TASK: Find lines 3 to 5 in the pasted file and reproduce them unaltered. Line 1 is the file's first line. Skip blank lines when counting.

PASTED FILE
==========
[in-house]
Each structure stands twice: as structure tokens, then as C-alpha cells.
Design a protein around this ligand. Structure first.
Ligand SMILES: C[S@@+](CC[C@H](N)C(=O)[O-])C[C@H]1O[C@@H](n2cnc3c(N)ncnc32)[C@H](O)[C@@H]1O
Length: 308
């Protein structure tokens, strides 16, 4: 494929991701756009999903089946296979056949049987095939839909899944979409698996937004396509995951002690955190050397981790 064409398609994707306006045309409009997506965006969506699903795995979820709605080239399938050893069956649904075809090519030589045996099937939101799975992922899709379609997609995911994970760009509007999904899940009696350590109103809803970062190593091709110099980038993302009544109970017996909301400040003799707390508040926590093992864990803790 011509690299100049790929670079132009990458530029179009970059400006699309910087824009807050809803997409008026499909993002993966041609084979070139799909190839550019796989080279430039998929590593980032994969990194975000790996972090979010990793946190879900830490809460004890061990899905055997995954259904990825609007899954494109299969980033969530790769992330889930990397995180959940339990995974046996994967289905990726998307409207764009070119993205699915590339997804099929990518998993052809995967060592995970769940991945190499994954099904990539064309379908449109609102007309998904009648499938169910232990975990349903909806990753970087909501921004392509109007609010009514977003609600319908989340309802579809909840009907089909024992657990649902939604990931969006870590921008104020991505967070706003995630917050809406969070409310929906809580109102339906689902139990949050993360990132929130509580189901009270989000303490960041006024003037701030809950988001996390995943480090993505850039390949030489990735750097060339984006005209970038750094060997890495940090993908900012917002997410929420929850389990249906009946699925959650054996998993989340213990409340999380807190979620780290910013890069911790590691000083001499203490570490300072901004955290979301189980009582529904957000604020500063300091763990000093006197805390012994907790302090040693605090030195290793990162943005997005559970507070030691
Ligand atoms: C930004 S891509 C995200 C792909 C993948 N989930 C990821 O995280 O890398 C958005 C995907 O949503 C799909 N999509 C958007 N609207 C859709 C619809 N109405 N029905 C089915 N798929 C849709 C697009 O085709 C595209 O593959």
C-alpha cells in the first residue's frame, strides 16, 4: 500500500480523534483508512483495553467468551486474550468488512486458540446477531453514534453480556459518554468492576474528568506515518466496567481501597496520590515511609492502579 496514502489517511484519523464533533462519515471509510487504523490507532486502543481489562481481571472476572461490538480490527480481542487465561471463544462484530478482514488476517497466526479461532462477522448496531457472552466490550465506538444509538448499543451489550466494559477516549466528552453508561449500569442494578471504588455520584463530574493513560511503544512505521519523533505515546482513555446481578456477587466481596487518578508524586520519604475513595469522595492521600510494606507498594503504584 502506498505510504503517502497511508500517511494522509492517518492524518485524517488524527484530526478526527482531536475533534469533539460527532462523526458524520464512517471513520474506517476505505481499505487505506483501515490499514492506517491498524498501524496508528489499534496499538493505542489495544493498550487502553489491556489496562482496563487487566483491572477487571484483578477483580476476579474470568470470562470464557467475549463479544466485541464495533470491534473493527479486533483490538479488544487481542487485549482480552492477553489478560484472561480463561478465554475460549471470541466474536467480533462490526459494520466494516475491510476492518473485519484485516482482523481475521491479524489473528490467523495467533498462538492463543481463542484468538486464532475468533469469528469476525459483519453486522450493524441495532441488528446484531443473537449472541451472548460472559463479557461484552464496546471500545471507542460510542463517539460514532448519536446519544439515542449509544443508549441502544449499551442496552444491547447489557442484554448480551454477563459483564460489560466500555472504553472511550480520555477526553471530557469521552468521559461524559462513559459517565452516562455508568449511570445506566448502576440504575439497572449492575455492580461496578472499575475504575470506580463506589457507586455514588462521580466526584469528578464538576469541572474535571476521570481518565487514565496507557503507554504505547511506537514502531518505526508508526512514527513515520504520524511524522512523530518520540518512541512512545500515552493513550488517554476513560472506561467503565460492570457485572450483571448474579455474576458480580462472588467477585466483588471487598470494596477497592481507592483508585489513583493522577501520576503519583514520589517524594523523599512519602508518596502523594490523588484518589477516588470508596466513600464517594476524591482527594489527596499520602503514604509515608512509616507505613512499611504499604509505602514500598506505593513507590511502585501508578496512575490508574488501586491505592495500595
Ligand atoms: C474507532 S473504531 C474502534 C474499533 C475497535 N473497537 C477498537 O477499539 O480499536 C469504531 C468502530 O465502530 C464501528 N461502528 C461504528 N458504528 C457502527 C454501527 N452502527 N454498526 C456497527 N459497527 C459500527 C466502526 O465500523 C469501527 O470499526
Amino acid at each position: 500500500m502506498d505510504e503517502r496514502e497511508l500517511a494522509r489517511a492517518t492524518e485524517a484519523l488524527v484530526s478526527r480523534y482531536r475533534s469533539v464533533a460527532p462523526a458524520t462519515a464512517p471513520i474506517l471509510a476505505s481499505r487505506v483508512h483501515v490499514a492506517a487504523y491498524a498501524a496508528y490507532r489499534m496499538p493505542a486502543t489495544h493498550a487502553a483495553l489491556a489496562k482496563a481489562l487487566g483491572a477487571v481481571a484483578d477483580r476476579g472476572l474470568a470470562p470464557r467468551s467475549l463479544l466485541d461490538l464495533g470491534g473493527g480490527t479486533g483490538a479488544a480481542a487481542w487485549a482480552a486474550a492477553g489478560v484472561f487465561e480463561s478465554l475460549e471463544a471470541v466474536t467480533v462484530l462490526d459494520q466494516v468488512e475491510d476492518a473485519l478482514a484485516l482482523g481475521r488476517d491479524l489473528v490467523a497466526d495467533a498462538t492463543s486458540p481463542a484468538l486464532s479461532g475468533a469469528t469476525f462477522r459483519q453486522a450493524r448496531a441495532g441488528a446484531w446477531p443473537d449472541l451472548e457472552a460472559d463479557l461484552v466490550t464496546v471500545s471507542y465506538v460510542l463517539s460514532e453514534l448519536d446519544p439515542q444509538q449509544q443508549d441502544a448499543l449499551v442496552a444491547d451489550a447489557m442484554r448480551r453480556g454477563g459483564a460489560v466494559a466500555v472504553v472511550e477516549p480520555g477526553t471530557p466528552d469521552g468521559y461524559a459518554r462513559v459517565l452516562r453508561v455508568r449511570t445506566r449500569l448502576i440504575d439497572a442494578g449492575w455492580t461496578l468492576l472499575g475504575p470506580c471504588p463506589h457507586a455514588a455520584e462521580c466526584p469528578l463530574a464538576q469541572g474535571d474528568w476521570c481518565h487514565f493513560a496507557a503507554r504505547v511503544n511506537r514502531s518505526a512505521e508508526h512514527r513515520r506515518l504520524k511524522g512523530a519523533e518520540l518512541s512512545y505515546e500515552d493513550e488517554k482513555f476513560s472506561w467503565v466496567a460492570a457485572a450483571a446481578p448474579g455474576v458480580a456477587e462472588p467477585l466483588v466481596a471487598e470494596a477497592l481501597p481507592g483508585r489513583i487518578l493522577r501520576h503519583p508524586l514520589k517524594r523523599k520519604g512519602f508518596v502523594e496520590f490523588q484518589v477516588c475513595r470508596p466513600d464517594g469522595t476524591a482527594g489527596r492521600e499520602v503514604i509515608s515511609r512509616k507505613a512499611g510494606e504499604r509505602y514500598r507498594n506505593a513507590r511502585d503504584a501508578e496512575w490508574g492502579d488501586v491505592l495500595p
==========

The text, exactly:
Design a protein around this ligand. Structure first.
Ligand SMILES: C[S@@+](CC[C@H](N)C(=O)[O-])C[C@H]1O[C@@H](n2cnc3c(N)ncnc32)[C@H](O)[C@@H]1O
Length: 308